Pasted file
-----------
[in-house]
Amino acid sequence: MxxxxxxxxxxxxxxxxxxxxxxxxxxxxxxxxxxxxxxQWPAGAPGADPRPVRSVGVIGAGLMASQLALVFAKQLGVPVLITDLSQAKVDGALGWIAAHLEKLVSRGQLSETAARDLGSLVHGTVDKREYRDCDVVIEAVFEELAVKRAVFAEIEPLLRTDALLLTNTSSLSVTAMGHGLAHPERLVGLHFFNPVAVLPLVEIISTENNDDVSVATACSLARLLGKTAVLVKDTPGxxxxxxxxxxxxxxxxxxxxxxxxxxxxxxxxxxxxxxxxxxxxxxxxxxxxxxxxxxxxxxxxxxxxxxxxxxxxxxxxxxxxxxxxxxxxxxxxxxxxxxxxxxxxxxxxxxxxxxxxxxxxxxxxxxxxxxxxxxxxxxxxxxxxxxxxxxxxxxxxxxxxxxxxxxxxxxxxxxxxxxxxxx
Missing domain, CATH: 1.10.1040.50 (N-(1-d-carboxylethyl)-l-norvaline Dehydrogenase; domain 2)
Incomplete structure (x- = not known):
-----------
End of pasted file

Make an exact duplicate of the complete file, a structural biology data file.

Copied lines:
[in-house]
Amino acid sequence: MxxxxxxxxxxxxxxxxxxxxxxxxxxxxxxxxxxxxxxQWPAGAPGADPRPVRSVGVIGAGLMASQLALVFAKQLGVPVLITDLSQAKVDGALGWIAAHLEKLVSRGQLSETAARDLGSLVHGTVDKREYRDCDVVIEAVFEELAVKRAVFAEIEPLLRTDALLLTNTSSLSVTAMGHGLAHPERLVGLHFFNPVAVLPLVEIISTENNDDVSVATACSLARLLGKTAVLVKDTPGxxxxxxxxxxxxxxxxxxxxxxxxxxxxxxxxxxxxxxxxxxxxxxxxxxxxxxxxxxxxxxxxxxxxxxxxxxxxxxxxxxxxxxxxxxxxxxxxxxxxxxxxxxxxxxxxxxxxxxxxxxxxxxxxxxxxxxxxxxxxxxxxxxxxxxxxxxxxxxxxxxxxxxxxxxxxxxxxxxxxxxxxxx
Missing domain, CATH: 1.10.1040.50 (N-(1-d-carboxylethyl)-l-norvaline Dehydrogenase; domain 2)
Incomplete structure (x- = not known):